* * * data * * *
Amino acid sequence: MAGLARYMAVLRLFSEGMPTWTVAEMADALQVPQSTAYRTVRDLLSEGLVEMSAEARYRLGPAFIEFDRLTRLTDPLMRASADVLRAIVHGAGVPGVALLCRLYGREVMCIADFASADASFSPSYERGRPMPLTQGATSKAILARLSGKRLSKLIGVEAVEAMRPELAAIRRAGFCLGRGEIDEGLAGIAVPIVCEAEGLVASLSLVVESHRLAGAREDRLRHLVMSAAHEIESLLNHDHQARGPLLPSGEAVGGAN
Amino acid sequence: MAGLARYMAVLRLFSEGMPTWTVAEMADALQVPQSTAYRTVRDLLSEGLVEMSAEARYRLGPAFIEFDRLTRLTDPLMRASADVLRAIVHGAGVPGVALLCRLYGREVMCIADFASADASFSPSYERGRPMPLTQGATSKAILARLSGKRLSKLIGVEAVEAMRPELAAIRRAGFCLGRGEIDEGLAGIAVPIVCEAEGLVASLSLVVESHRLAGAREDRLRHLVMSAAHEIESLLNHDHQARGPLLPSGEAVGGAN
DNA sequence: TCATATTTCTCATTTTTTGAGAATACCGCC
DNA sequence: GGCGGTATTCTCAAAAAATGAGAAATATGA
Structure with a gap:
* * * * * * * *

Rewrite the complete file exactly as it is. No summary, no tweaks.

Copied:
Amino acid sequence: MAGLARYMAVLRLFSEGMPTWTVAEMADALQVPQSTAYRTVRDLLSEGLVEMSAEARYRLGPAFIEFDRLTRLTDPLMRASADVLRAIVHGAGVPGVALLCRLYGREVMCIADFASADASFSPSYERGRPMPLTQGATSKAILARLSGKRLSKLIGVEAVEAMRPELAAIRRAGFCLGRGEIDEGLAGIAVPIVCEAEGLVASLSLVVESHRLAGAREDRLRHLVMSAAHEIESLLNHDHQARGPLLPSGEAVGGAN
Amino acid sequence: MAGLARYMAVLRLFSEGMPTWTVAEMADALQVPQSTAYRTVRDLLSEGLVEMSAEARYRLGPAFIEFDRLTRLTDPLMRASADVLRAIVHGAGVPGVALLCRLYGREVMCIADFASADASFSPSYERGRPMPLTQGATSKAILARLSGKRLSKLIGVEAVEAMRPELAAIRRAGFCLGRGEIDEGLAGIAVPIVCEAEGLVASLSLVVESHRLAGAREDRLRHLVMSAAHEIESLLNHDHQARGPLLPSGEAVGGAN
DNA sequence: TCATATTTCTCATTTTTTGAGAATACCGCC
DNA sequence: GGCGGTATTCTCAAAAAATGAGAAATATGA
Structure with a gap: